“I’m involved in all of the details around the team, but when it comes to basketball personnel and how we do it, you know, I’m a competitive guy. I want to win and I want to win now and I want to win always. We have that goal for our franchise to be able to do something we haven’t done, which is win a championship. It’s really, really important to me, and I’m going to be doing this for 30 years. That’s at least what I told (wife) Ashley. I said, ‘Hey, this is a 30-year calling, right?’ And so we’re doing it for 30 years, and we got our goals to win a championship.

Utah Jazz's CEO, Danny Ainge, left, looks on as Jazz owner Ryan Smith and head coach Will Hardy fist bump while sitting court side before the start an NBA basketball game against the Oklahoma City Thunder Tuesday, Feb. 6, 2024, in Salt Lake City. | Rick Bowmer, Associated Press

“So, you know, we’re super fortunate to have Danny. He’s the GOAT in my mind. I think there’s three people who have a winning percentage in playing, coaching and being a GM in all of NBA history. For me personally, I just trust Danny more than I trust myself. All there is to it.”

On his involvement with BYU


“I think there’s a lot of questions on how involved I get. I think there’s probably a lot of misconceptions around why I’m involved. I was born in Eugene, Oregon ... and my father was a professor in University of Oregon. ... Oregon had what ended up being this business professorship that two Nobel Prize winners came out of. It was a little bit of the Mecca then, but it was also probably the Grateful Dead capital at that point as well, so it was a very different culture. To go from (Oregon) to BYU, to say it was probably a culture shock is an understatement. But my parents, probably similar to (Kevin Young), decided that (moving) was probably best for the kids and the family right now.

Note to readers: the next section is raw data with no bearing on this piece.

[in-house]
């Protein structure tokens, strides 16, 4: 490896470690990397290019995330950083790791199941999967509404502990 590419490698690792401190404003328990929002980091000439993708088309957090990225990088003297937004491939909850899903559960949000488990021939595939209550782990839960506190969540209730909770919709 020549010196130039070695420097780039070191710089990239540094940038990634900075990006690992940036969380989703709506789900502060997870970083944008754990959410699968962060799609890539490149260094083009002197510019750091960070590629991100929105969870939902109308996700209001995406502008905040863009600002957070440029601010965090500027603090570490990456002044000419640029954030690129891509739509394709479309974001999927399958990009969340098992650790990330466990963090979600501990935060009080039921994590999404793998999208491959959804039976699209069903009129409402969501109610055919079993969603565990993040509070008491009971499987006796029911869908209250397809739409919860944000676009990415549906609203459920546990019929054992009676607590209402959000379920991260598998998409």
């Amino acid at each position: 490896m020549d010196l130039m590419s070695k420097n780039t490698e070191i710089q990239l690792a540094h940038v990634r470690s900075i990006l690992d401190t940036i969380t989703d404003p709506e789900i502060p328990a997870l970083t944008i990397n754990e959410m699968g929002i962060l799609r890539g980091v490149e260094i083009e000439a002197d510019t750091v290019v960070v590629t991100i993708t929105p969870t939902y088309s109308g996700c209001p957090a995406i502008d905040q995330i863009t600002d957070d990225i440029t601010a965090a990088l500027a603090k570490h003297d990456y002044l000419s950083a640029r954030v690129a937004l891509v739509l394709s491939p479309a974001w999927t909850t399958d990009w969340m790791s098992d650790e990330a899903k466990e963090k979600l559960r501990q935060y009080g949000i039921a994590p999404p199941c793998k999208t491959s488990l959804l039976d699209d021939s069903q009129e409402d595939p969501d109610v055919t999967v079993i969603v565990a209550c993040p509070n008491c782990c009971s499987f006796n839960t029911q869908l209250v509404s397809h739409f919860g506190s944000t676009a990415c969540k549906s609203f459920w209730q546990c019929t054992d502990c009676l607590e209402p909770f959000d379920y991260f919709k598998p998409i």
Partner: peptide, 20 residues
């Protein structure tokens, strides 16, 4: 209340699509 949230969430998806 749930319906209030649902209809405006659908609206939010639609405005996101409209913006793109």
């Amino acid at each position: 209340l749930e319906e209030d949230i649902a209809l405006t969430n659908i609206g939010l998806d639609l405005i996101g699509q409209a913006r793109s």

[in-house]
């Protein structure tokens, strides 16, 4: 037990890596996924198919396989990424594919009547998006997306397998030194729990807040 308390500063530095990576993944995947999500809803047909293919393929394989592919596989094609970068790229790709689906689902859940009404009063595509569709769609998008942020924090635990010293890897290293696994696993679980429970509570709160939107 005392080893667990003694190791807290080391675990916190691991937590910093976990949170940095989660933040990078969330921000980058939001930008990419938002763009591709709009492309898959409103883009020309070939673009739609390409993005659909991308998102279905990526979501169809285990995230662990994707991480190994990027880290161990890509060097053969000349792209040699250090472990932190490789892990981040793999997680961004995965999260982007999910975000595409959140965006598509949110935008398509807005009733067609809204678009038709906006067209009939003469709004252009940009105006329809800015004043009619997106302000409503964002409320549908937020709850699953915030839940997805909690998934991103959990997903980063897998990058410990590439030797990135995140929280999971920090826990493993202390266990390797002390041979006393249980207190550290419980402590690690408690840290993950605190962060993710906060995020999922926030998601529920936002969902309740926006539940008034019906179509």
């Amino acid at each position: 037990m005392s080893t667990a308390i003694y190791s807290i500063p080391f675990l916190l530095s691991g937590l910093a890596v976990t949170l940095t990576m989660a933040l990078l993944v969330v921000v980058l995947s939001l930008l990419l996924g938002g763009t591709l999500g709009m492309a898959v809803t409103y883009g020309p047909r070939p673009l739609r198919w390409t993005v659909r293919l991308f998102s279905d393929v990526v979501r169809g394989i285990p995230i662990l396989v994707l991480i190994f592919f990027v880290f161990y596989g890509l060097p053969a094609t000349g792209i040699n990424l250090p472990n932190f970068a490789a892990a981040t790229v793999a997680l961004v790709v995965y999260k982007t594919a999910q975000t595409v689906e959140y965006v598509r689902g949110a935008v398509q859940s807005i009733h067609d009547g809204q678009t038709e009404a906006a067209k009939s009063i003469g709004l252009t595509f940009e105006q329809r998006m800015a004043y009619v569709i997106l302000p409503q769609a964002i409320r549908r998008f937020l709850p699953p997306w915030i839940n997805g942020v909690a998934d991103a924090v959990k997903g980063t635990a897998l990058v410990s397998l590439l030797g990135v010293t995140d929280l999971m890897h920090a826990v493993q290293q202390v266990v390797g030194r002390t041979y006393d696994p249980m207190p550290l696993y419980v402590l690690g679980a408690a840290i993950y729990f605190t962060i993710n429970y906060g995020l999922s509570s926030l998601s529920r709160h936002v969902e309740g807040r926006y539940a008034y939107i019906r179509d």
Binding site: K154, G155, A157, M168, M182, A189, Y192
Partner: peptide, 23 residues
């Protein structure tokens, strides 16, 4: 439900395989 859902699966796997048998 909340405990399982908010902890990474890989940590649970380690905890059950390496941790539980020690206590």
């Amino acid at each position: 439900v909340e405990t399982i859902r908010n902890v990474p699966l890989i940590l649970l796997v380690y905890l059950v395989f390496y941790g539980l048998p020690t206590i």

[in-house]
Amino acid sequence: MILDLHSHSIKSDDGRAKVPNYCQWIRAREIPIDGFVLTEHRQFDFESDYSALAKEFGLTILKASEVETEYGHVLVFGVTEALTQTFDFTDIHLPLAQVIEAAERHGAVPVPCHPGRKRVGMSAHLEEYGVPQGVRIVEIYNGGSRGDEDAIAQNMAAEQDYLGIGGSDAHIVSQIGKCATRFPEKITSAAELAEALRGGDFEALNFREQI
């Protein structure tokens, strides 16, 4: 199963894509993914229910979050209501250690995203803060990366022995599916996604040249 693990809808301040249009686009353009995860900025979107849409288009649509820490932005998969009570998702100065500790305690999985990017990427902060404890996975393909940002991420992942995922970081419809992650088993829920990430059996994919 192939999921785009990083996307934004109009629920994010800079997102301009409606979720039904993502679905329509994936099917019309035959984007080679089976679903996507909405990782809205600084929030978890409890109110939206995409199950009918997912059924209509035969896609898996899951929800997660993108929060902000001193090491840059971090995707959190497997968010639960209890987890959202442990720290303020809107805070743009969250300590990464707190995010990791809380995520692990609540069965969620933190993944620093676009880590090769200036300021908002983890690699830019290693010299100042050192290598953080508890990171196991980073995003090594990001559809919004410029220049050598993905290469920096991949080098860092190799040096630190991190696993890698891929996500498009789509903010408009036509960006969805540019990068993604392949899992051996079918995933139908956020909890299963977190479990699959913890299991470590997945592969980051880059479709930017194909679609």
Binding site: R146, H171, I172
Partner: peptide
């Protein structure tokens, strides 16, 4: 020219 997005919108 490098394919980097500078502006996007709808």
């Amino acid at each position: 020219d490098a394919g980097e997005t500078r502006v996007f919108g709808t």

“They took a bet on going to BYU, so all five of us came out here. I grew up roaming those halls of BYU and being there. ... My parents split up and my dad took a year off to be with us kids because we were at a critical phase of life and BYU supported him through that. Fast forward 10 years after that and my dad gets Stage 4 throat cancer, and BYU supports him all the way through that, including working from home, resting, keeping everything there.

Ryan Smith, Qualtrics co-founder and Utah Jazz owner, speaks at Qualtrics' X4 Tech Summit at the Salt Palace Convention Center in Salt Lake City on Thursday, May 2, 2024. | Kristin Murphy, Deseret News

“I never viewed myself as a BYU student type of kid, and then as I went on my mission, I came back and said, ‘You know, I want to go to BYU.’ I went to UVU first, but I wanted to go to BYU. I had no college experience and was qualified to get in and had to go prove myself. I got there and then met my wife, started Qualtrics and the rest is history, so me supporting BYU is very, very not about sports.

“It’s about, you know, they supported my family when we were going through our craziest times like probably no employer I’ve ever seen. It would be really weird for me to be in the spot I’m in and not support them. This is probably a call out to anyone listening who’s an alumni of any university. University and academia, including athletics, they all need their alumni right now more than they’ve ever, ever, ever needed.”